This information is provided under a cooperative agreement between the Better Business Bureau and the U. S. Federal Trade Commission (FTC), which has prepared this information.
Facts for Consumers
Foreclosure Rescue Scams: Another Potential Stress for Homeowners in Distress
The possibility of losing your home to foreclosure can be terrifying. The reality that scam artists are preying on the vulnerability of desperate homeowners is equally frightening. Many so-called foreclosure rescue companies or foreclosure assistance firms claim they can help you save your home. Some are brazen enough to offer a money-back guarantee. Unfortunately, once most of these foreclosure fraudsters take your money, they leave you much the worse for wear.
Fraudulent foreclosure “rescue” professionals use half truths and outright lies to sell services that promise relief and then fail to deliver. Their goal is to make a quick profit through fees or mortgage payments they collect from you, but do not pass on to the lender. Sometimes, they assume ownership of your property by deceiving you, the homeowner. Then, when it’s too late to save your home, they take the property or siphon off the equity. You’ve lost your home to foreclosure despite your best intentions.
If you think you may be facing foreclosure, the Federal Trade Commission (FTC), the nation’s consumer protection agency, wants you to know how to recognize a foreclosure rescue scam. And even if the foreclosure process has already begun, the FTC and its law enforcement partners want you to know that legitimate options are available to help you save your home.
How the Scams Work
Foreclosure rescue firms use a variety of tactics to find homeowners in distress: Some sift through public foreclosure notices in newspapers and on the Internet or through public files at local government offices, and then send personalized letters to homeowners. Others take a broader approach through ads on the Internet, on television, or in the newspaper, posters on telephone poles, median strips and at bus stops, or flyers or business cards at your front door. The scam artists use simple and straight-forward messages, like:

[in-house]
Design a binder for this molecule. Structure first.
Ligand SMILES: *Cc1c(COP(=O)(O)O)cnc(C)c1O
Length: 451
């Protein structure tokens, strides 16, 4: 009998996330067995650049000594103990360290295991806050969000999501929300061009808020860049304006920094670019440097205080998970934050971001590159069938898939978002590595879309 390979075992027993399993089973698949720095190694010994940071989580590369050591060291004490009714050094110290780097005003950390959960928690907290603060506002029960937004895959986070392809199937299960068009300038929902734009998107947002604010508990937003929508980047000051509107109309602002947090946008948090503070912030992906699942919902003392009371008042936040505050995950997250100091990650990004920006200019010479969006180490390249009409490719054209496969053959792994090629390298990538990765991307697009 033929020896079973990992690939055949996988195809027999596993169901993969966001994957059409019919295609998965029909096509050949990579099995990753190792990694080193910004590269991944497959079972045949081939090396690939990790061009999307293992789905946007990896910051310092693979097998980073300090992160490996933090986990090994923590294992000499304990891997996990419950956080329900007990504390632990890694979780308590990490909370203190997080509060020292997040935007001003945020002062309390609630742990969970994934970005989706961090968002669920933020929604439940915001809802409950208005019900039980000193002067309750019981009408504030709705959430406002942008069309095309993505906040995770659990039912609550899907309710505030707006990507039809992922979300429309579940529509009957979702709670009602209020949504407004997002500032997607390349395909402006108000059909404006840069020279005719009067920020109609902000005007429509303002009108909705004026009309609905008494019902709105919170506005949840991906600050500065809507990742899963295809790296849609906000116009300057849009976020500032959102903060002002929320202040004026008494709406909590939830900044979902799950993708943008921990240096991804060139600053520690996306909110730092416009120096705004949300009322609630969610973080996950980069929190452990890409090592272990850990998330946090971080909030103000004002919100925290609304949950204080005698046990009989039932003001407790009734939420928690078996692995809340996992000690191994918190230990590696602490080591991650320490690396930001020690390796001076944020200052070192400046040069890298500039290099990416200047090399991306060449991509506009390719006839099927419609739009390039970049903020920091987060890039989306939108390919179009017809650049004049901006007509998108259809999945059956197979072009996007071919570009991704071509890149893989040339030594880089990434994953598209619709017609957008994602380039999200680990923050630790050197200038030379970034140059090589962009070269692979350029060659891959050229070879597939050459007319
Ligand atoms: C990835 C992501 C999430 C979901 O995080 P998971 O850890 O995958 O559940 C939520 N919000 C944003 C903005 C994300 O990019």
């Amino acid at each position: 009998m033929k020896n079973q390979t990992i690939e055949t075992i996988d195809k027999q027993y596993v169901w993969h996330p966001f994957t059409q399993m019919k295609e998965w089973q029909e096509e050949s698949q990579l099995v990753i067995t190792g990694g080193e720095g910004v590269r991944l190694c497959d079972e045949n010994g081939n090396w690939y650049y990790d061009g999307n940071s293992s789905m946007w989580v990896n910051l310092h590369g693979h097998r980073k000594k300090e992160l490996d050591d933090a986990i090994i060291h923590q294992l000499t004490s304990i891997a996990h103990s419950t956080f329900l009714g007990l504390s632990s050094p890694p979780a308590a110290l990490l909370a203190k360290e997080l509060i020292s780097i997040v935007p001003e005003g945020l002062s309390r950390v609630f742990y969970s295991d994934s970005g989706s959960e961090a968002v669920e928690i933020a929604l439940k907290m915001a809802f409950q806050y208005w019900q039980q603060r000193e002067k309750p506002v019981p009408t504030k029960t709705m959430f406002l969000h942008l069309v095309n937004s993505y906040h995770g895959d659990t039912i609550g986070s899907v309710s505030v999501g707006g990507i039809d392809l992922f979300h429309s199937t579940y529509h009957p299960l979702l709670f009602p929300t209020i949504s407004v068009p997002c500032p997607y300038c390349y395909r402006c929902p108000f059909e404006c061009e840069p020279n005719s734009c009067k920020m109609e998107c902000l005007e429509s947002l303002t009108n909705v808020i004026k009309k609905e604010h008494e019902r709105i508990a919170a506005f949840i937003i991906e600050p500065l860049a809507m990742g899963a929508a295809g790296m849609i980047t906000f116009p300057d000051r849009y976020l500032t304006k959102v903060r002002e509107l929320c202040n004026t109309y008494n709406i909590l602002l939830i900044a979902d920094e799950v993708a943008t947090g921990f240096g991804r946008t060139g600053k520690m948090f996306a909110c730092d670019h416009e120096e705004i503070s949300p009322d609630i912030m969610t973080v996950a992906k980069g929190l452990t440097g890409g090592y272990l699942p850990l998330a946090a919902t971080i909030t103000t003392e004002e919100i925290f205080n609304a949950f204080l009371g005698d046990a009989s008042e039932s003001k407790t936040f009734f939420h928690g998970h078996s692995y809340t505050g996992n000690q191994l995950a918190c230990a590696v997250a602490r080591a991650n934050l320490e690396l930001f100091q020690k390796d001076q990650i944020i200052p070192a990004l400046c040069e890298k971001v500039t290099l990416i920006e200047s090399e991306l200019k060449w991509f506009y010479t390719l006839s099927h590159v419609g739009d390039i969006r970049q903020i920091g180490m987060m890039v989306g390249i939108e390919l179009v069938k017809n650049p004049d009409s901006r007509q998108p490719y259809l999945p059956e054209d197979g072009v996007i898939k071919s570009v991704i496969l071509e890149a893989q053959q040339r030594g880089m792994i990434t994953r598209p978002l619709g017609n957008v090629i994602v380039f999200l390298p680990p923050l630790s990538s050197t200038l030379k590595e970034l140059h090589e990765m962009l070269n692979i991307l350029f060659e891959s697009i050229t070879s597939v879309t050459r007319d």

- “Stop Foreclosure Now!”
- “We guarantee to stop your foreclosure.”
- “Keep Your Home. We know your home is scheduled to be sold. No Problem!”
- “We have special relationships within many banks that can speed up case approvals.”
- “We Can Save Your Home. Guaranteed. Free Consultation”
- “We stop foreclosures everyday. Our team of professionals can stop yours this week!”
Once they have your attention, they use a variety of tactics to get your money:
- Phony Counseling or Phantom Help
- The scam artist tells you that he can negotiate a deal with your lender to save your house if you pay a fee first. You may be told not to contact your lender, lawyer, or credit counselor, and to let the scam artist handle all the details. Once you pay the fee, the scam artist takes off with your money.
Sometimes, the scam artist insists that you make all mortgage payments directly to him while he negotiates with the lender. In this instance, the scammer may collect a few months of payments before disappearing.
You think you’re signing documents for a new loan to make your existing mortgage current. This is a trick: you’ve signed documents that surrender the title of your house to the scam artist in exchange for a “rescue” loan.
You’re told to surrender the title as part of a deal that allows you to remain in your home as a renter, and to buy it back during the next few years. You may be told that surrendering the title will permit a borrower with a better credit rating to secure new financing – and prevent the loss of the home. But the terms of these deals usually are so burdensome that buying back your home becomes impossible. You lose the home, and the scam artist walks off with all or most of your home’s equity. Worse yet, when the new borrower defaults on the loan, you’re evicted.
In a variation, the scam artist raises the rent over time to the point that the former homeowner can’t afford it. After missing several rent payments, the renter – the former homeowner – is evicted, leaving the “rescuer” free to sell the house.
In a similar equity-skimming situation, the scam artist offers to find a buyer for your home, but only if you sign over the deed and move out. The scam artist promises to pay you a portion of the profit when the home sells. Once you transfer the deed, the scam artist simply rents out the home and pockets the proceeds while your lender proceeds with the foreclosure. In the end, you lose your home – and you’re still responsible for the unpaid mortgage. That’s because transferring the deed does nothing to transfer your mortgage obligation.